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Ivy v. Nugent

United States District Court, E.D. Arkansas, Jonesboro Division

February 26, 2018

SHARON IVY, Administratrix of the Estate of Earl Lee Parker and on behalf of all wrongful death beneficiaries of Earl Lee Parker, Deceased PLAINTIFF
v.
DAVID D. NUGENT; PROPANE RESOURCES SUPPLY AND MARKETING LLC; PROPANE RESOURCES TRANSPORTATION LLC; and PROPANE RESOURCES LLC DEFENDANTS

          ORDER

          D.P. Marshall Jr., United States District Judge

         1. Was Earl Lee Parker a citizen of Arkansas or Tennessee? The answer determines whether this Court has subject matter jurisdiction in this removed case. Reece v. Bank of New York Mellon, 760 F.3d 771, 777-78 (8th Cir. 2014). As he was walking south on the inside shoulder of Interstate 55' s northbound lane near West Memphis, Arkansas in the middle of the night on the last day of April 2016, Parker was hit and killed by a tractor-trailer. The driver was David Nugent, a Tennessean. The big truck was owned and operated by the Propane Resources entities, who are citizens of Missouri and Minnesota. Parker's estate filed this case in the Circuit Court of Crittenden County, Arkansas alleging negligence in the accident. The estate also said that Parker was domiciled in Tennessee when he died. Nugent and the Propane Resources entities removed, saying that Parker was actually an Arkansawyer, thus making the parties completely diverse. 28 U.S.C. §§ 1332(a)(1) & (c)(2). The estate has moved to remand. Nugent and the Propane Resources entities sought some jurisdictional discovery. This was done. The parties' supplemental papers are now in.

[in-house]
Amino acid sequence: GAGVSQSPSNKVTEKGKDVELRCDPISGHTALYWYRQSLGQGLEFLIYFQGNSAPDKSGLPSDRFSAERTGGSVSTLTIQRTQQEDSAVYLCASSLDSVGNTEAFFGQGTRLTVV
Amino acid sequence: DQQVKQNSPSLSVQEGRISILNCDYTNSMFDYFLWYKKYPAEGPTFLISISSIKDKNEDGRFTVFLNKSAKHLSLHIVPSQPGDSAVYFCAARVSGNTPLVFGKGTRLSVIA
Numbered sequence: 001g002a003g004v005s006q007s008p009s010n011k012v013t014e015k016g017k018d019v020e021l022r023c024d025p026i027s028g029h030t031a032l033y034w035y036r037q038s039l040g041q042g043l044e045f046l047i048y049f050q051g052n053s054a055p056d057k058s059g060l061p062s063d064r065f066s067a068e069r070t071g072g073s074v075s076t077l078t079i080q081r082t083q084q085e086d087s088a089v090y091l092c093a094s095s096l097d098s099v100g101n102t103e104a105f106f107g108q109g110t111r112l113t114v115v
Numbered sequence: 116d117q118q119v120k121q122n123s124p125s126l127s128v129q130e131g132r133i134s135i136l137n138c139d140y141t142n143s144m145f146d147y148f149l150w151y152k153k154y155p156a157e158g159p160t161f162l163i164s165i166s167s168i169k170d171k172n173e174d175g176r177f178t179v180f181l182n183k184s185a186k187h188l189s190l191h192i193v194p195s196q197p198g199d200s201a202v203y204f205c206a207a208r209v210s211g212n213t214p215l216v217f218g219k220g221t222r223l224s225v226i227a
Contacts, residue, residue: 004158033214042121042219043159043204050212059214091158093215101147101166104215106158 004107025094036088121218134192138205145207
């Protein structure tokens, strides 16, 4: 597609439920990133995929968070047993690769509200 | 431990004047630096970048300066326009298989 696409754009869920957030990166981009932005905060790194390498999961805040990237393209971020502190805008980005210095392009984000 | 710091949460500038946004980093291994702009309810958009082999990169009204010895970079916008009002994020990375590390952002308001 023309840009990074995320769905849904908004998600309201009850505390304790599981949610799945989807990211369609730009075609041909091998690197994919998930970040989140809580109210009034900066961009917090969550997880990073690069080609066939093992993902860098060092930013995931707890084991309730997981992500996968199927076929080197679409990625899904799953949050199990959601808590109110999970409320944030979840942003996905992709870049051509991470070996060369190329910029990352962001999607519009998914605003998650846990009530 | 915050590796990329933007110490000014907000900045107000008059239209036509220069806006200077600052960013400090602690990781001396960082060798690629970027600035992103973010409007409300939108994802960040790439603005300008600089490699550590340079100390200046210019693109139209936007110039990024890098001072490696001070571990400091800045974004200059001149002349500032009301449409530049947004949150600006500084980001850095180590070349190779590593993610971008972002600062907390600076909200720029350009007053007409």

2. The sad circumstances of Parker's death ended a troubled life. Parker was born and raised in Crittenden County, Arkansas. He dropped out of high school in the eleventh grade, joined the Marine Corps, and was discharged for violent behavior. He was a polysubstance abuser. He had paranoid schizophrenia and health problems, including diabetes. Most of his adult life was spent under civil commitment at the State Hospital and other facilities in Little Rock through the Act 911 Program. Ark. Code Ann. § 5-2-310(a). Parker left Little Rock in March 2015. He spent the next ten months at different facilities in Arkansas before being hospitalized in Memphis, Tennessee in January 2016. He was released from the hospital to the Peabody Center, a supervised group home in Memphis, where he lived until he died. He was in Tennessee about three months.